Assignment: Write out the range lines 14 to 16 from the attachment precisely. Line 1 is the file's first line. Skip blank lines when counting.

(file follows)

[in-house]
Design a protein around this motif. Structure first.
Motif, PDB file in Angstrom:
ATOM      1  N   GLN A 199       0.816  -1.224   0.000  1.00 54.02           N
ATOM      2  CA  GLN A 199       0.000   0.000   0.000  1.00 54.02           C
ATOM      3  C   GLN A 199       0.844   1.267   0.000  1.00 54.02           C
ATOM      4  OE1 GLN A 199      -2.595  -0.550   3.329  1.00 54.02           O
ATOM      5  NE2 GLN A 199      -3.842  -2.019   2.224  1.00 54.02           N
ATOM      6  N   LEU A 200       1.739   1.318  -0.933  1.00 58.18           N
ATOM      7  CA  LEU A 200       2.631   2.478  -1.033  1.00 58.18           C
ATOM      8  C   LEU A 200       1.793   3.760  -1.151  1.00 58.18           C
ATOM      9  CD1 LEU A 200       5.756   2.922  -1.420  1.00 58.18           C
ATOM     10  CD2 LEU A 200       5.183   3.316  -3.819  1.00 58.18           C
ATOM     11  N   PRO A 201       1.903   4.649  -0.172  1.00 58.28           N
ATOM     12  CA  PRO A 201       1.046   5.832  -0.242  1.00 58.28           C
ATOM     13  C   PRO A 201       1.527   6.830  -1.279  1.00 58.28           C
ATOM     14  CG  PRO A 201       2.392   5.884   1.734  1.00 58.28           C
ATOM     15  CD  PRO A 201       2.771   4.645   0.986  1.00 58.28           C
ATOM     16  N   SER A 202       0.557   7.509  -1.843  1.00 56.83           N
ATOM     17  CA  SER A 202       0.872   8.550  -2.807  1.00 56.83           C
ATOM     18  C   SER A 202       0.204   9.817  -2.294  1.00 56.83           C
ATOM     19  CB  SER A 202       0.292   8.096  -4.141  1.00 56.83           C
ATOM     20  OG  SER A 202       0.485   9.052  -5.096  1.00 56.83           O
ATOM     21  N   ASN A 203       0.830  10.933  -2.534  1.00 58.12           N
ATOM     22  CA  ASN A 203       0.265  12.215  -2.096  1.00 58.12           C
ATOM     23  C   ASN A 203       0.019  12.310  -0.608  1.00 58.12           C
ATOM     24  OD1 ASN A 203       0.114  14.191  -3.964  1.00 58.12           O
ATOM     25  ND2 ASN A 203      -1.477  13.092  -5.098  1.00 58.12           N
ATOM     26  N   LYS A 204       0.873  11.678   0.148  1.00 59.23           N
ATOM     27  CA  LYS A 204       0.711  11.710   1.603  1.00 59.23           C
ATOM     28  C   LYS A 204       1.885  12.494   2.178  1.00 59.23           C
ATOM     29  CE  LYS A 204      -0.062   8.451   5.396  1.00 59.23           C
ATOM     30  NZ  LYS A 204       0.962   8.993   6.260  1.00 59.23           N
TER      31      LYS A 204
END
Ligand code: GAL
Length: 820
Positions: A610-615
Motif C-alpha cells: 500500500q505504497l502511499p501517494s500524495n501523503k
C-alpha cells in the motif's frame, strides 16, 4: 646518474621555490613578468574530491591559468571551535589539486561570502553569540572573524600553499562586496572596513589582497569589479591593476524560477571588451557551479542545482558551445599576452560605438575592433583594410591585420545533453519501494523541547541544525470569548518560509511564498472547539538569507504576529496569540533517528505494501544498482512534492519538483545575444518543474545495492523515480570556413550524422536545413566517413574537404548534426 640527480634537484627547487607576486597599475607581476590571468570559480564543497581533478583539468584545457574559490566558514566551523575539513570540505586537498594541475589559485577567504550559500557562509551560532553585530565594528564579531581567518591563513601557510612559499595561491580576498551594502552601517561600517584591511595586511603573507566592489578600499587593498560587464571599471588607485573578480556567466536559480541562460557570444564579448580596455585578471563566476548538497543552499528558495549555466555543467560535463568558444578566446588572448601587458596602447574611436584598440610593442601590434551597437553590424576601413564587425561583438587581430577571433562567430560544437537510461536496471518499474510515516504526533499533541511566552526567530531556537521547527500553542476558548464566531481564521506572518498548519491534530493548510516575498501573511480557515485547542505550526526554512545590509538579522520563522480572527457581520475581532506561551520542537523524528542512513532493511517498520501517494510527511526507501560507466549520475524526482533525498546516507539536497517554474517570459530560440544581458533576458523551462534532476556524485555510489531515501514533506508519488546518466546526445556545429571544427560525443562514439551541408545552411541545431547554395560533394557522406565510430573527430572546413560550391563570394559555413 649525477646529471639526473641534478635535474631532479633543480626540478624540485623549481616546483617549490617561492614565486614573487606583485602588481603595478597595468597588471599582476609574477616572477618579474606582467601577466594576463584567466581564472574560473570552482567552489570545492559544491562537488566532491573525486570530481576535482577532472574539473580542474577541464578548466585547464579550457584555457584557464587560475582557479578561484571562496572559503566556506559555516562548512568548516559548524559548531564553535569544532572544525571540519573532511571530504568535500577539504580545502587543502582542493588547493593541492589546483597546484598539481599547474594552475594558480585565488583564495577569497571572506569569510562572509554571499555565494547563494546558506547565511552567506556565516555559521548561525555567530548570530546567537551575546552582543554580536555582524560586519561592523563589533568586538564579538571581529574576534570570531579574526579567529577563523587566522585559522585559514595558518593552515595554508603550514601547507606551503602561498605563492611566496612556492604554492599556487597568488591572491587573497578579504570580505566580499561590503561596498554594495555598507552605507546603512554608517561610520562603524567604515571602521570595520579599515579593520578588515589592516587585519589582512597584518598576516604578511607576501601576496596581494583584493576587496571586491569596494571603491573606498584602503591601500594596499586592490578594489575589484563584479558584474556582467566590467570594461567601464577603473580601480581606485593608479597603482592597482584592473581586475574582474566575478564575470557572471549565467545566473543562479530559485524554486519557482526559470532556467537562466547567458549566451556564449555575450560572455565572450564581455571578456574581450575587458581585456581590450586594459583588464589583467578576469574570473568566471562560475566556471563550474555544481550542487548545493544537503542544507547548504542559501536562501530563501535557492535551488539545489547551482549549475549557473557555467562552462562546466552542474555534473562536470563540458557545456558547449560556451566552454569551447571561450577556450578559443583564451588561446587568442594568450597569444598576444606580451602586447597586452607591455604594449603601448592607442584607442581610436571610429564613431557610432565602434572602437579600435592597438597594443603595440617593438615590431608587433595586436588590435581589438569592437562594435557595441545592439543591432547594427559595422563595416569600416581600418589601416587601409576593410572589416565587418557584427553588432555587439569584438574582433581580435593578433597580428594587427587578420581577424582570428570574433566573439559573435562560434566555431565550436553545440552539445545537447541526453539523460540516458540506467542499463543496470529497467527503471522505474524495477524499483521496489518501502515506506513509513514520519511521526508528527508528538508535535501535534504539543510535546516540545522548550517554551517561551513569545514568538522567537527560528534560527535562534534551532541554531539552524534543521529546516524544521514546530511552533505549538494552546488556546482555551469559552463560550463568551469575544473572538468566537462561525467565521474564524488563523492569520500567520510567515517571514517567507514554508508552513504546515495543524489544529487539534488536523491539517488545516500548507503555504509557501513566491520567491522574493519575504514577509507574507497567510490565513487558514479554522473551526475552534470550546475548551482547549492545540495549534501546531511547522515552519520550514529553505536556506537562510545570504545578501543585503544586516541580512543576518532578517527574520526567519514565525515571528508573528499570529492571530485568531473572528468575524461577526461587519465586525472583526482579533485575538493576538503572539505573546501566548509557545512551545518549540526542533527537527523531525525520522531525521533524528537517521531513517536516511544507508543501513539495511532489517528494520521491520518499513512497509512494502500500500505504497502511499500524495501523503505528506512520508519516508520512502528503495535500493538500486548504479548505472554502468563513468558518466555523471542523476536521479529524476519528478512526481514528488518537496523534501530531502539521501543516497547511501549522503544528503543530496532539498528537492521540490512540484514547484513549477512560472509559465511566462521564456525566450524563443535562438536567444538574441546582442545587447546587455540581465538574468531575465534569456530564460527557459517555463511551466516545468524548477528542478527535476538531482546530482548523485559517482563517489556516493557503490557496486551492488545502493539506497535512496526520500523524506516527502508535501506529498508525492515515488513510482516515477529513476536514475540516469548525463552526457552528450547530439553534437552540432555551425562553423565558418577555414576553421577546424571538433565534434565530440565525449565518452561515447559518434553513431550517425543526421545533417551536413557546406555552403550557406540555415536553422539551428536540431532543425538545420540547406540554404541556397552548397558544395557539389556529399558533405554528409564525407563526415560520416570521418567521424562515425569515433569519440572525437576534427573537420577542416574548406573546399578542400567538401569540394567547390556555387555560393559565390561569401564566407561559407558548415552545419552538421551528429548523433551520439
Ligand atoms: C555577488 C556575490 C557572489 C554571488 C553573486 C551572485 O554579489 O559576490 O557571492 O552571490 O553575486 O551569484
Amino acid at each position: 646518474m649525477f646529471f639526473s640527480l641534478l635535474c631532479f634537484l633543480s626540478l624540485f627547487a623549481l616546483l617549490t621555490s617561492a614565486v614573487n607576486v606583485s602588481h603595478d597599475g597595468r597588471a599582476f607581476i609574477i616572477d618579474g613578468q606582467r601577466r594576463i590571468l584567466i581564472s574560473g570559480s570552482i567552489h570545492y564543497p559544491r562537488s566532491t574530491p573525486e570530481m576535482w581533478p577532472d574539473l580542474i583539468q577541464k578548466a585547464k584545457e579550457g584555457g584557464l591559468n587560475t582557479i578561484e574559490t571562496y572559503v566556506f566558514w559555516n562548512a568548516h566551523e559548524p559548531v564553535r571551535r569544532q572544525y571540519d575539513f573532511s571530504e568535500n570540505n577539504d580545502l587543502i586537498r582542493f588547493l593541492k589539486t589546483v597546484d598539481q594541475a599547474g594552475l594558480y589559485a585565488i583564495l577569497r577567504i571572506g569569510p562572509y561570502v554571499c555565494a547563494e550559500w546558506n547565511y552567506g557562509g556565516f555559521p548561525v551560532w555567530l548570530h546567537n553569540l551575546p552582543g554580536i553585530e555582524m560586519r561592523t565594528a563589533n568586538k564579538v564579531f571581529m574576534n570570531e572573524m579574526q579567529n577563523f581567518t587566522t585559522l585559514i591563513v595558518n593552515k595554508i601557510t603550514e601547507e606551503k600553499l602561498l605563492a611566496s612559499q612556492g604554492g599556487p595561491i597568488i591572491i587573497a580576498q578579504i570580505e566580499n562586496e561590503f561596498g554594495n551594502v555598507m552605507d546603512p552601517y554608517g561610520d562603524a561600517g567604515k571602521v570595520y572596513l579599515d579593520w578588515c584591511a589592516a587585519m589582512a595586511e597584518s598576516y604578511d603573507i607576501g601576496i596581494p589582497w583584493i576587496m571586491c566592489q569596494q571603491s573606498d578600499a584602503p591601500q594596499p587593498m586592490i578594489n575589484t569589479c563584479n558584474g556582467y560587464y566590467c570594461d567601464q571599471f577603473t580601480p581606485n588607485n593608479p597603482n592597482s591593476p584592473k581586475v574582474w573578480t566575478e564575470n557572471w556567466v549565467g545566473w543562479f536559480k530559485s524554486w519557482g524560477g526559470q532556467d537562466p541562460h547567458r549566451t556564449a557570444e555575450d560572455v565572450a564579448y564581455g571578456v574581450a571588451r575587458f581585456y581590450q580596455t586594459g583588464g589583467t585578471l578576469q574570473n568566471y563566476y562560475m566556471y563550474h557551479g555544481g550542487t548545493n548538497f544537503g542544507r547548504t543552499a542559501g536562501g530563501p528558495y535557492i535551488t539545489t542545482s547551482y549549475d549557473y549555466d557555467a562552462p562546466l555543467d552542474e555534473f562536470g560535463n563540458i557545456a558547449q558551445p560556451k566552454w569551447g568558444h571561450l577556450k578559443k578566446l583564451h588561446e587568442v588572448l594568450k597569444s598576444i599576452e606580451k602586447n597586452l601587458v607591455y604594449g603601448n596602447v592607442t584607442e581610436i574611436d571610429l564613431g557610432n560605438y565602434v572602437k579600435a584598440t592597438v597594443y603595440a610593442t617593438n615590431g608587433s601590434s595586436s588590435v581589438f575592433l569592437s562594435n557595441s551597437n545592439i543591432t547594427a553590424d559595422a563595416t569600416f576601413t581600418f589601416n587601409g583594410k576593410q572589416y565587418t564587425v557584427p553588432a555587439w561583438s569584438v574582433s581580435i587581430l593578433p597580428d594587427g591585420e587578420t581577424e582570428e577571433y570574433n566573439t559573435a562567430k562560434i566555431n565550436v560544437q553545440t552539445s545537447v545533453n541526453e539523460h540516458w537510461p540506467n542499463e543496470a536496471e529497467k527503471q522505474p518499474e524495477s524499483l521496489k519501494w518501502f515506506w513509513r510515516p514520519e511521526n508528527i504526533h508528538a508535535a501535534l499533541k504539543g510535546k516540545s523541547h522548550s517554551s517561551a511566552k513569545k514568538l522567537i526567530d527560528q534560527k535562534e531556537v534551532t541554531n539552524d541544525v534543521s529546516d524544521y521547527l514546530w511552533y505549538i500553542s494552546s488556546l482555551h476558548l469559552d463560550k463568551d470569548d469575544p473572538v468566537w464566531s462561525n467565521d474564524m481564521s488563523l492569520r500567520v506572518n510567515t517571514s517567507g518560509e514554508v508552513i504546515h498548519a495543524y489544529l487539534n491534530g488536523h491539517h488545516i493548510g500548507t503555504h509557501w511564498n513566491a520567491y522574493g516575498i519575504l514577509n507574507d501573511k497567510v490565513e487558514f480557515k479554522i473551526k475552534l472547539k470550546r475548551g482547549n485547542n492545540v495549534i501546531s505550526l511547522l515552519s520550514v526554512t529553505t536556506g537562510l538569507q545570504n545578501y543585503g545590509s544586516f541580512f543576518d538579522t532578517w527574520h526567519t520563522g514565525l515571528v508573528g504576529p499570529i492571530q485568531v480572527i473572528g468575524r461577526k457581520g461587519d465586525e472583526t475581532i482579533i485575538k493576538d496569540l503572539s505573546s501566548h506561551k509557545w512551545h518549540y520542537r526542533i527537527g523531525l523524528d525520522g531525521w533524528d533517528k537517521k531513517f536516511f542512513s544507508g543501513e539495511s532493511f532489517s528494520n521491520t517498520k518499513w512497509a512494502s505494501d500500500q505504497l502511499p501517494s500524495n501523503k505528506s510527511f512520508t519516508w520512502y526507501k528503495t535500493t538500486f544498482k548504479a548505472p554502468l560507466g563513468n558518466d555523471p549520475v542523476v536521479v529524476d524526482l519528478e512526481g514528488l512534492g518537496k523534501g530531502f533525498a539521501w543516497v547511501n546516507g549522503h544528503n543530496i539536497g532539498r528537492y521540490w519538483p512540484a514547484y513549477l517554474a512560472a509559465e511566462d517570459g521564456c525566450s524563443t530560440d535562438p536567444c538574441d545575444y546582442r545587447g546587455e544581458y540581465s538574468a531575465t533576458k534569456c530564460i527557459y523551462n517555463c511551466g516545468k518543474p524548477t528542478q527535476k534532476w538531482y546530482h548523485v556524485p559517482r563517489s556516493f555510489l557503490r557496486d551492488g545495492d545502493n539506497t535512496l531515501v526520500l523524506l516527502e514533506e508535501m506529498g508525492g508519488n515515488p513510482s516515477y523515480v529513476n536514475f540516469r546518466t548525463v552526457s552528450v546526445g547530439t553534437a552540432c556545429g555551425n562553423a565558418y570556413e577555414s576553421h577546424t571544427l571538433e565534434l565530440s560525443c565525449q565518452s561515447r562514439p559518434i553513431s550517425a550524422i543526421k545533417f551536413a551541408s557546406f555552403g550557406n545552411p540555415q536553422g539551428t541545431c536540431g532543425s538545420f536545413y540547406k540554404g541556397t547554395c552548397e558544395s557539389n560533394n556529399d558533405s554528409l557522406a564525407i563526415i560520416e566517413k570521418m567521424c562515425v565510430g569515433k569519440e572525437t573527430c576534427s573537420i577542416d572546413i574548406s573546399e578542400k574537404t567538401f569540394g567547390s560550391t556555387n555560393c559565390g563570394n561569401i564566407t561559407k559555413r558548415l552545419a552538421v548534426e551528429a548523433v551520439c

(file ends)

ATOM     11  N   PRO A 201       1.903   4.649  -0.172  1.00 58.28           N
ATOM     12  CA  PRO A 201       1.046   5.832  -0.242  1.00 58.28           C
ATOM     13  C   PRO A 201       1.527   6.830  -1.279  1.00 58.28           C